LALELANI MBHELE AND BHEKINKOSI GUMBE

AFRICAN ART CENTRE, 94 FLORIDA ROAD, MORNINGSIDE, DURBAN
The African Art Centre will be joining the rest of South Africa in celebrating and
commemorating the 2010 Soccer World Cup on South African soil by hosting a series of
exhibitions and development programs. To proficiently utilise this opportunity, young
artists and crafters will be offered a platform to expose and market their work to the rest of
the world.
On 17 of February 2010 the Centre will be hosting a group exhibition by two young versatile
artists; Lalelani Mbhele and Bhekinkosi Gumbi. Presented in the early part of 2010 it is
hoped that this exhibition will generate interest in the creative expression associated with
the upcoming soccer celebration and serve to unite both art lovers and soccer fans by filling
galleries and museum in support of our artists.
Bhekinkosi Gumbi, is a young sculptor who hails from the rural Nongoma area in Zululand.
This self taught artist carves sculptures of high profile figures and celebrities either in plain
or painted ‘Umganu’ indigenous wood. Although Gumbi still practises the traditional
method of woodcarving, his work is characterised by the use of subtle humour and whit.
Realistically rendered, his sculptures intimately communicate gestures and emotions
associated with the subject matter’s stature or occupation.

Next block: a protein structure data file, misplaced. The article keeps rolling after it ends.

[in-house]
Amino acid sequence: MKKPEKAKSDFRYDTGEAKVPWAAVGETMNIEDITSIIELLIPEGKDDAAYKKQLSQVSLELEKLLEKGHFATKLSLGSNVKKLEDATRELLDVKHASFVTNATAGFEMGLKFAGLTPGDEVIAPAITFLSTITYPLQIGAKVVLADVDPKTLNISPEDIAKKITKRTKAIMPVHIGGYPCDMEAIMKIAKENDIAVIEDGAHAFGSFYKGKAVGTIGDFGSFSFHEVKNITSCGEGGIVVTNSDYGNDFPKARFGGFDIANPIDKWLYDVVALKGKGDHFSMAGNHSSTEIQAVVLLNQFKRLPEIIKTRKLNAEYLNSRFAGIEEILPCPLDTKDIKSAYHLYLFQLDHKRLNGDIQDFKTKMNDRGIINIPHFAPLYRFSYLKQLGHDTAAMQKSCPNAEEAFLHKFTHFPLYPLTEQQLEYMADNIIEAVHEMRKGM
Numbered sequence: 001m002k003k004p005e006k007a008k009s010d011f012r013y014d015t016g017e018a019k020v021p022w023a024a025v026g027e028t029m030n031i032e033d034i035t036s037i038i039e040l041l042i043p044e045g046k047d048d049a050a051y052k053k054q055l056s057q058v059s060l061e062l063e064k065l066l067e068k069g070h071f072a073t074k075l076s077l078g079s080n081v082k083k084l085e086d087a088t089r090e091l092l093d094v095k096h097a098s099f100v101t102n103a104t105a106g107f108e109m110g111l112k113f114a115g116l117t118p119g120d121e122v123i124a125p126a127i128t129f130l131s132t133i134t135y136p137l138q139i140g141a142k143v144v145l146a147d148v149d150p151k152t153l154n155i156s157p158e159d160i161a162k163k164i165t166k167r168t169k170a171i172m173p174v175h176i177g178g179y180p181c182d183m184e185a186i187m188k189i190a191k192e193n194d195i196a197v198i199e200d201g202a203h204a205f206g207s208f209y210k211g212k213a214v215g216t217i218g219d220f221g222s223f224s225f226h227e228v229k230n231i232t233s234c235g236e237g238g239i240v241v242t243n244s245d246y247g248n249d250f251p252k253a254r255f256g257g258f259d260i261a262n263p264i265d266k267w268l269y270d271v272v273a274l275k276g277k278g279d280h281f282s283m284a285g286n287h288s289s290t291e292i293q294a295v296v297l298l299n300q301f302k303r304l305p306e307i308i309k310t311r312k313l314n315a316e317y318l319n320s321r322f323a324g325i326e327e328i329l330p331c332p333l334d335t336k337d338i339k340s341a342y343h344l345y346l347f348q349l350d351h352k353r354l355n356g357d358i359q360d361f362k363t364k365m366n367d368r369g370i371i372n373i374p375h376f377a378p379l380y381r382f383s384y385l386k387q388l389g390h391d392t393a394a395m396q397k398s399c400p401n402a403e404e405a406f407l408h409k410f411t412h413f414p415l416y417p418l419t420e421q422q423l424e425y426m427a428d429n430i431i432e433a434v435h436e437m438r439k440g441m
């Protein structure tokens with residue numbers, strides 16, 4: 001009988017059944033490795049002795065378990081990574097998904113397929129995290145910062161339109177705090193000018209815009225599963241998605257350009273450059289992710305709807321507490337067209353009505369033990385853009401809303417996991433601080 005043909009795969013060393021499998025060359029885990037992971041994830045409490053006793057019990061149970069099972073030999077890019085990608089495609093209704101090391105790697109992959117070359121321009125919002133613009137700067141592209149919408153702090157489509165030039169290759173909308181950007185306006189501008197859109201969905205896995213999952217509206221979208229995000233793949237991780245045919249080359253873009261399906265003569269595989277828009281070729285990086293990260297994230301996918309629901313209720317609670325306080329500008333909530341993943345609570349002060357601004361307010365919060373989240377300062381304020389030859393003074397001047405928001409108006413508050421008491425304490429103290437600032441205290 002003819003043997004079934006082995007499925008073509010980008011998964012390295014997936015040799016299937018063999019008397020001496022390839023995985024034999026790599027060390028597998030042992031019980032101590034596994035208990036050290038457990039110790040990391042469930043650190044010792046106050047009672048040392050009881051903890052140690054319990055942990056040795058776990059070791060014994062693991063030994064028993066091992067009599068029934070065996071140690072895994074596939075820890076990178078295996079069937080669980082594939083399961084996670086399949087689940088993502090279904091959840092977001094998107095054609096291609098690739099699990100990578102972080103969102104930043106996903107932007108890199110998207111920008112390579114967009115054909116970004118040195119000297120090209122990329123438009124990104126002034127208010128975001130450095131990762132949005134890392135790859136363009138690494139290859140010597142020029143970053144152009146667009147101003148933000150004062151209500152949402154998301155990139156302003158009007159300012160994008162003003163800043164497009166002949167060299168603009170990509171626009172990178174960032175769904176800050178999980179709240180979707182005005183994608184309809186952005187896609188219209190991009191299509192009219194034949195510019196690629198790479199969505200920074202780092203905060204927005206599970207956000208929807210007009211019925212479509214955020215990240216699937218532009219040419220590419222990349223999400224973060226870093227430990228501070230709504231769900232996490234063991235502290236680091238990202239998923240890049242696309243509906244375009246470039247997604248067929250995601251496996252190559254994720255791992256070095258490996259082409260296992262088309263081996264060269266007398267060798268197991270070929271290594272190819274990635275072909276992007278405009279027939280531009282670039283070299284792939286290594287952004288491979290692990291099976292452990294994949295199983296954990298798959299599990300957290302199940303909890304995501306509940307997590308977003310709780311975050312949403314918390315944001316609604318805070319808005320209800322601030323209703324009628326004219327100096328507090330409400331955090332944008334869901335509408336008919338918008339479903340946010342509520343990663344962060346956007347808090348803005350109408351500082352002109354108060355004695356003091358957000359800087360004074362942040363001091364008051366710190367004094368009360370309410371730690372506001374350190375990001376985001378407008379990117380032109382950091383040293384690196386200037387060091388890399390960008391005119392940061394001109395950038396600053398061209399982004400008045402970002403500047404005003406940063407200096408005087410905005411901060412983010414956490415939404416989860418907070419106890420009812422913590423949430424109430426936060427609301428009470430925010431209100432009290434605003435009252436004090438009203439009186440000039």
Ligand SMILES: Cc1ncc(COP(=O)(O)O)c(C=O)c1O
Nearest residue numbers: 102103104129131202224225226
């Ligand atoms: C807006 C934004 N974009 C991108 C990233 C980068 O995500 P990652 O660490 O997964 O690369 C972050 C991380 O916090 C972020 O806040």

An exhibition of large canvas by Lalelani Mbhele, a young artist from Inanda Township in
Durban will complement the exhibition. Lalelani, who works from his studio at the BAT
Centre, has created a special series of paintings, which reflect on his own versions and
aspirations of the 2010 Soccer World Cup. His visual narrative undoubtedly draws the
viewer to intimately engage with each painting; the soccer players are accentuated in
colourful uniquely textured backgrounds. A captivating aspect of works are that the soccer
players are all women dressed in traditional ‘Izidwaba’ (skirts) and ‘Izicholo’(Zulu hat) eager
to showcase their soccer skills.
The titles of the paintings, for example ‘Angisiyona Inkomo’ (I am not a cow) emphasise the
complacent attitudes of his ubject matter. Beautifully dressed women in traditional Zulu
regalia are depicted eagerly engaged in soccer matches, enthusiastic to demonstrate their
expertise in the game. The visual quality of the work, demonstrates the artists creative,
innovative interpretation of the 2010 soccer event.
Both Bhekinkosi and Lalelani have utilised their creativity to celebrate art and unite the
interests of soccer fans and the imaginative minds of art lovers. Both have embarked on a
personal language and reinterpreted our expectations of the upcoming 2010 Soccer World
Cup.
Eric Apelgren, Head of International and Governmental relations at eThekwini Municipality
will open this exhibition on 17 February 2010 at 17:30 at the African Art Centre.